We don’t mind annoying, if the flavor is worth it. 

Over the past year, 7-Eleven has been releasing different flavors of a special kind of cup noodles called the “Most Annoying but Most Delicious Ramen”, which are crafted to be extra delicious–but not quite as instant as you’d expect. Still, they’re worth the effort, so when we noticed that the third iteration had come out while we were shopping for 7-Eleven’s new Michelin-star ramen-flavored Baby Star snacks, we had to try it.

This ramen is called Kyoto Kyoku Nigori Tori Paitan (Super Cloudy Chicken White Broth from Kyoto), which, as you can guess from the name, is a ramen with a cloudy broth. In fact, it’s the first of the series to have a broth that isn’t clear, and this one is paitan, a bone broth made without soy sauce, which is also unusual. This piqued our interest even more.

We bought ours for 429 yen (US$2.90), which is pretty expensive for cup ramen.

The packaging boasted the new cloudy broth, as well as medium-thickness noodles that were straight instead of curly. The cooking method requires you to pour hot water over the noodles twice, which is somewhat unusual for cup noodles.

▼ “Straight noodles that are both firm and chewy! Formulated to be poured over with hot water twice”

One serving contains 152 grams (5.4 ounces) of food, amounting to 534 calories. Since the second MAMD Ramen clocked in at 699 calories, this one is almost restrained.

Under the lid, we found four different packets of powdered soup and toppings.

They were “Extremely Cloudy Umami Dashi Broth”, “Chicken Broth”, “Oil Flavoring”, and “Red Pepper Seasoning”, and all went in after the second addition of hot water.

The noodles are designed to be put in hot water twice

So we poured in the first round of hot water…

Shut the lid, and, holding it closed by putting two of the seasoning packets on top, waited five minutes.

Then we opened up the strainer spout, poured out the first round of water…

And added the second round of hot water.

Then the seasonings and broths went in…

And it was ready!

There weren’t any vegetable of meat-like toppings, leaving the noodles and broth bare. We were impressed; this sent the message that the flavor would stand on its own. But was it good enough?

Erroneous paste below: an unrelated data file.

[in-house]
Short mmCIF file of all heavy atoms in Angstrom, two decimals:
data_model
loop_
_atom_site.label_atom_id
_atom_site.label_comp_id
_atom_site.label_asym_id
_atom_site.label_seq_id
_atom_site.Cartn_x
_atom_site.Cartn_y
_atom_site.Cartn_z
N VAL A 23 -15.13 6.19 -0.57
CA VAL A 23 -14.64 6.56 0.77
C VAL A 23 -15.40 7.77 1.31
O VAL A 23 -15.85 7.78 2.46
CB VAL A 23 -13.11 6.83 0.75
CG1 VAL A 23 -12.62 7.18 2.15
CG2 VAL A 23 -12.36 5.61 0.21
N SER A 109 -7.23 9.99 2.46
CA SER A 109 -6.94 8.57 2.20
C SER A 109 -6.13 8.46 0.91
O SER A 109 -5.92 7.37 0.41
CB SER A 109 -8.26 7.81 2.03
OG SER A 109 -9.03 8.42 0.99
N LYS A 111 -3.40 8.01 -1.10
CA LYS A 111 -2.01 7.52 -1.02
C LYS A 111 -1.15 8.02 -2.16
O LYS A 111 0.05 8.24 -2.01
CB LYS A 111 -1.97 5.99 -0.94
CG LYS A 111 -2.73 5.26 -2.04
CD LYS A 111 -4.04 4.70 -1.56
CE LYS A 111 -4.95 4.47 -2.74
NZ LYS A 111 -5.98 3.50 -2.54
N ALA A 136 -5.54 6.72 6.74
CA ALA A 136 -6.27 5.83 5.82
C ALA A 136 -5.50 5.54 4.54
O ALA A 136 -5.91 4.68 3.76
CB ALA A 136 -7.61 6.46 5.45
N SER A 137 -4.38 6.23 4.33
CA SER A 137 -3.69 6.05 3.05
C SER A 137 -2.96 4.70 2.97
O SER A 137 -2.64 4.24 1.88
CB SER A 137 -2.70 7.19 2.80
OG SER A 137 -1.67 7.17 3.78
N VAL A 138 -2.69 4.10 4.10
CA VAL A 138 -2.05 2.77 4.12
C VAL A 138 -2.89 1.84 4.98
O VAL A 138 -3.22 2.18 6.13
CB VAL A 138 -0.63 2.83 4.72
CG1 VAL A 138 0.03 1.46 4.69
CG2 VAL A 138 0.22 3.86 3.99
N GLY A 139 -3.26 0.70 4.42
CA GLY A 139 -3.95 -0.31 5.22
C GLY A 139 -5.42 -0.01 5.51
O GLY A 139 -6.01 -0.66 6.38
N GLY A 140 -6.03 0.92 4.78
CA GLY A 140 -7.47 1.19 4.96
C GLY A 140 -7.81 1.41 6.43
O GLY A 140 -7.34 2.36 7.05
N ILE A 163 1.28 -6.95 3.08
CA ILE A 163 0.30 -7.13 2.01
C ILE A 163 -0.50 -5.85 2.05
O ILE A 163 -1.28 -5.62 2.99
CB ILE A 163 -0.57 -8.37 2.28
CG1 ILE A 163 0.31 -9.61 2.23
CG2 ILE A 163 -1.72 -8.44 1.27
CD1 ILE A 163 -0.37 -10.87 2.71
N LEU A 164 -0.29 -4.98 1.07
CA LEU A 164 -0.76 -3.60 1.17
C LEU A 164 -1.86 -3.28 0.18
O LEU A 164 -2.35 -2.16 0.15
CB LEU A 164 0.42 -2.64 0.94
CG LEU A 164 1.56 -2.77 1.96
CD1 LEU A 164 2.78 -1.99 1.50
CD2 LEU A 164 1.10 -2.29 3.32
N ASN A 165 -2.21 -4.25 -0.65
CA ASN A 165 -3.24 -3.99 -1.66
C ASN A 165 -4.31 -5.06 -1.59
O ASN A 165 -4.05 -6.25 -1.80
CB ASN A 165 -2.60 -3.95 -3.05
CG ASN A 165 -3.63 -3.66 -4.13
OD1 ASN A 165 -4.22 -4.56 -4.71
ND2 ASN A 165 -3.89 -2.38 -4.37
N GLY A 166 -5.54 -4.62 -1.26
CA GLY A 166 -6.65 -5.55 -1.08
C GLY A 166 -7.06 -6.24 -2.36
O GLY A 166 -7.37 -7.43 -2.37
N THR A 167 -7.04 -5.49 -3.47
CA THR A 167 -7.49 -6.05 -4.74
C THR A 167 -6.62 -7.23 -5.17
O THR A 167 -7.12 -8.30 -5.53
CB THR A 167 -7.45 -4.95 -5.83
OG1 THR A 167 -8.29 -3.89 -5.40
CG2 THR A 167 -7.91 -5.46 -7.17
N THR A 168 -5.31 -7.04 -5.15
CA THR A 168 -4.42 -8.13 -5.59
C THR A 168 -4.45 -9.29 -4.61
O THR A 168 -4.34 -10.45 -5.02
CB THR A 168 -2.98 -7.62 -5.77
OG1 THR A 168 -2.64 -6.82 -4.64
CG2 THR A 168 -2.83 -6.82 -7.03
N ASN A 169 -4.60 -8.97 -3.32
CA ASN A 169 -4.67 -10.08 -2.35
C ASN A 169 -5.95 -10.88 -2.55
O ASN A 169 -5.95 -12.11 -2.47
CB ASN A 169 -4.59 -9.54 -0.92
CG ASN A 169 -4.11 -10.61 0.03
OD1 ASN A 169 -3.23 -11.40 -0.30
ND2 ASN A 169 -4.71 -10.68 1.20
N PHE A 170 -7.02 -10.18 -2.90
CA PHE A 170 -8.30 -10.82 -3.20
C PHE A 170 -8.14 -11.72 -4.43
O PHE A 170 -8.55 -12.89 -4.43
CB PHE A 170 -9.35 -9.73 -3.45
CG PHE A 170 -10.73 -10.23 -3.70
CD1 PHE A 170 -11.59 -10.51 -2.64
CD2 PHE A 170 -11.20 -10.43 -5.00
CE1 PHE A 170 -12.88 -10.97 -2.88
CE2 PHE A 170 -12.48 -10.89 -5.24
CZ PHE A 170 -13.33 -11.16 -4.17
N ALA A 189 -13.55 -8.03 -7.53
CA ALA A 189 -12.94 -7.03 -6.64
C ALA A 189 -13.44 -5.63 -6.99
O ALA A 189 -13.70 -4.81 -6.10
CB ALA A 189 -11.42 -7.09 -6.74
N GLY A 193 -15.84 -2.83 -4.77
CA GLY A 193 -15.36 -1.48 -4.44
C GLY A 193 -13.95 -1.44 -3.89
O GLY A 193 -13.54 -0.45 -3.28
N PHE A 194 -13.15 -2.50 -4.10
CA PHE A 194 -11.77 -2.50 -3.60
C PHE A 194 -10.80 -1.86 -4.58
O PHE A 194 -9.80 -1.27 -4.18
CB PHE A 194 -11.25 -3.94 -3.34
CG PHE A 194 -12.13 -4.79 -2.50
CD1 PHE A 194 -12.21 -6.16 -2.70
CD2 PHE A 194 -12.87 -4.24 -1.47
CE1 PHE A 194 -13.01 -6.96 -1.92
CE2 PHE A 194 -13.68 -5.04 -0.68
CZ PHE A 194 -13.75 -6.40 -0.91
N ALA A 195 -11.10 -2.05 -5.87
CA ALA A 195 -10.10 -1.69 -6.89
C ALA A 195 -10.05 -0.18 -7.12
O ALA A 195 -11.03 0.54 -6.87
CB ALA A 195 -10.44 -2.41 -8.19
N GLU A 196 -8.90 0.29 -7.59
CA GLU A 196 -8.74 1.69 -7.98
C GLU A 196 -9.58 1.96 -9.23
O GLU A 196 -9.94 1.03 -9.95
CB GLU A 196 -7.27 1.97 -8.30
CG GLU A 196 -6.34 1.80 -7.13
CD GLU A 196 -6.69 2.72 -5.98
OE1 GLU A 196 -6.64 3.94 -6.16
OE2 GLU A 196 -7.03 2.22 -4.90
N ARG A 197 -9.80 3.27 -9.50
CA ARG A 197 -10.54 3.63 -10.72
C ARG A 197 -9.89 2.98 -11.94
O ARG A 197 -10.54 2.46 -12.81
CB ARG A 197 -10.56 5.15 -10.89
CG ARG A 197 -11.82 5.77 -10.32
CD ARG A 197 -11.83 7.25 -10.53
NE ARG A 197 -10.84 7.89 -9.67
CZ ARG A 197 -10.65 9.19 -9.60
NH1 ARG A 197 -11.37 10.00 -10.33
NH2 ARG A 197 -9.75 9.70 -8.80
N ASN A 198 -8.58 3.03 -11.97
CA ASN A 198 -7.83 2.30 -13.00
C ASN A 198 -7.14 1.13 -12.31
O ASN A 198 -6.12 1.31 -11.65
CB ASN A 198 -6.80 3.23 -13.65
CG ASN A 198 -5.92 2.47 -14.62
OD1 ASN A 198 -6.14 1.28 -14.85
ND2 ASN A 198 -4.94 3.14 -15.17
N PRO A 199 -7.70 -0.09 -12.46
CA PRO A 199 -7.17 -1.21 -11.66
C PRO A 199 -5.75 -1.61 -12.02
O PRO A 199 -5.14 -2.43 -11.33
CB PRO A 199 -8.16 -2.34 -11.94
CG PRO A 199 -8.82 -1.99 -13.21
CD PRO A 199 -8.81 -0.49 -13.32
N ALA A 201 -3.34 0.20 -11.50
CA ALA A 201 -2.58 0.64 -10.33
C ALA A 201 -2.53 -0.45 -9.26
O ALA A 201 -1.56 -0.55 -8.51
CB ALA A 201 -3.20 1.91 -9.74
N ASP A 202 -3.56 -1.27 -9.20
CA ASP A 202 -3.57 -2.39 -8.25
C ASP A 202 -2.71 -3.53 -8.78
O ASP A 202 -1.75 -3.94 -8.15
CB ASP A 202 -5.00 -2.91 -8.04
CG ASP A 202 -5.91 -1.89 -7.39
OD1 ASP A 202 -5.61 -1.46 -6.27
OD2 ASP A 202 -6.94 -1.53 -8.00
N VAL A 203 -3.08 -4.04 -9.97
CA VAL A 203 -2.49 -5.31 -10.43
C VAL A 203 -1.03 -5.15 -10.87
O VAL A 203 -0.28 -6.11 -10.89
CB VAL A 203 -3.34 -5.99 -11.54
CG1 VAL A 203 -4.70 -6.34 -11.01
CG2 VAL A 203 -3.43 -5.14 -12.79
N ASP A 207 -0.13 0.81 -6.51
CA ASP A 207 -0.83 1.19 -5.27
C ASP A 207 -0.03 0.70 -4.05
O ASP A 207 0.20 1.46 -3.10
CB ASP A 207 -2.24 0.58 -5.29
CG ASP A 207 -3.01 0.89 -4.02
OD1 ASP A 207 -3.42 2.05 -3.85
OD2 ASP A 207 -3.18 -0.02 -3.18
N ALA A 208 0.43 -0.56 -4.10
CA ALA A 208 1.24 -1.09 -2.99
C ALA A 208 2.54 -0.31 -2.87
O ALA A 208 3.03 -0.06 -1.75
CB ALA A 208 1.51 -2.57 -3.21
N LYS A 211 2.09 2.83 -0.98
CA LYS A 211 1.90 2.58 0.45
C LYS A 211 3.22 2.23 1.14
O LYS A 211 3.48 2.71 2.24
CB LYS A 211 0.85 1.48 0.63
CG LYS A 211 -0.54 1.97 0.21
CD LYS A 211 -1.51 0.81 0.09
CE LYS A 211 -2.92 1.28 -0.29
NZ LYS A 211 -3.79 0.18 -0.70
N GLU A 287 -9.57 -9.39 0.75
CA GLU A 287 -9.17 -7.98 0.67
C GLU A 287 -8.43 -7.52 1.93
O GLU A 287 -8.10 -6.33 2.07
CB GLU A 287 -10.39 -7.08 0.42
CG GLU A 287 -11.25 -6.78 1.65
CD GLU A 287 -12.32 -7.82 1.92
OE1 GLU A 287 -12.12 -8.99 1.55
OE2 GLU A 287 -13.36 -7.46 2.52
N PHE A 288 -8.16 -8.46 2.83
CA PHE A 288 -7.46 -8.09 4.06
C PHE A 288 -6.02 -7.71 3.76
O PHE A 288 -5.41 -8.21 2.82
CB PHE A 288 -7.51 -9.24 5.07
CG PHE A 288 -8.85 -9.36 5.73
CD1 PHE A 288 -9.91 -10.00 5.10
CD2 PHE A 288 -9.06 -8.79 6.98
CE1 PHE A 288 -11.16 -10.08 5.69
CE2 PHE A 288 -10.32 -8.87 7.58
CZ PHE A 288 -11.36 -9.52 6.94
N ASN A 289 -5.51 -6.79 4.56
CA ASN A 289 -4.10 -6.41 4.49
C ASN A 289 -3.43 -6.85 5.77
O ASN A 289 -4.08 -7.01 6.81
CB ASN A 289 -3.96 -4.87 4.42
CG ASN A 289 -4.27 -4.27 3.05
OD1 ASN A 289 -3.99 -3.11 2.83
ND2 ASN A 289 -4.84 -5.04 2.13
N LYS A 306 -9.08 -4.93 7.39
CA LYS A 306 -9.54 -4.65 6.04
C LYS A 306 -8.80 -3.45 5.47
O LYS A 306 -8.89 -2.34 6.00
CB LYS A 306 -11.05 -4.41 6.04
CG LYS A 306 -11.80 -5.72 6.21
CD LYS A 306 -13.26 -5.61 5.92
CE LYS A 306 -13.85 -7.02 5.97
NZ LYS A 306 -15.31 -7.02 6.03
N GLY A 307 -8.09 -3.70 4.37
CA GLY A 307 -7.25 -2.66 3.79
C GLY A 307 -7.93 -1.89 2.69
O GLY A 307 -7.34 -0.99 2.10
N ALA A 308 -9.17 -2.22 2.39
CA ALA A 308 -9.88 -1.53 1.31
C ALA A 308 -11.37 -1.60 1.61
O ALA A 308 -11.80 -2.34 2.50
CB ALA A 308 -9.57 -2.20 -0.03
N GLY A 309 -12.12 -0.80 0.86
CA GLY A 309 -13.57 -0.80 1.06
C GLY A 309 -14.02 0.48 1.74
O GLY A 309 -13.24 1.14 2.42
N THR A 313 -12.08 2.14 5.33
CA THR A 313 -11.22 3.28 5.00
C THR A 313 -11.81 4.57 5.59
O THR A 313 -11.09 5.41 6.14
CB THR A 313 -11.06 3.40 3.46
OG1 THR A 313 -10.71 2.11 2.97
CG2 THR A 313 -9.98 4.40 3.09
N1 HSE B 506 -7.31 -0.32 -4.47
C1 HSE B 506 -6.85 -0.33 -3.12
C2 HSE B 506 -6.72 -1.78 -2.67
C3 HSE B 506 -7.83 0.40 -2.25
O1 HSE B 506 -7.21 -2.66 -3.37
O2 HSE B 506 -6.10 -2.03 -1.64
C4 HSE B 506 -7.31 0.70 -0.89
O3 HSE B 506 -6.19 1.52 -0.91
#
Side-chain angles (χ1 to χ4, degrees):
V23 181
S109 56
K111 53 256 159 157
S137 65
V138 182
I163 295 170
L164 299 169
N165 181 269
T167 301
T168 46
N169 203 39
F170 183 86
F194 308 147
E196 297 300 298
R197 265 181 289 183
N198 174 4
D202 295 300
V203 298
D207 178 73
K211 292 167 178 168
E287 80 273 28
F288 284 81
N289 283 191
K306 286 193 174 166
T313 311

We’re not sure. The noodles were just a bit too soft for our tastes. We didn’t think we prepared them wrong, especially since the package explicitly states that they need two rounds of hot water, but we couldn’t help but feel that they were a bit too gooey.

The broth, however, we really liked. The packaging said it was “Like a chicken potage”, and it didn’t lie. It was so creamy and thick and of such high quality that they could sell the broth separately as a soup. Whether you like it or not may be down to personal preference, though, since such a thick broth is pretty uncommon for ramen.

So in the end, our only complaint was with the noodles, which is why we can’t accept that this ramen has the title of “Most delicious.” Well, it wasn’t so bad, since we enjoyed the soup so much that we finished the whole thing.

Still, we couldn’t help but think of ways to really bring this cup ramen to the “Most Delicious” level, so we decided to experiment.

Our first hypothesis was that perhaps these noodles don’t need to be cooked as long as five minutes. Since you add hot water again after they’re drained, they end up being cooked for far longer, which might be why the noodles ended up so soft.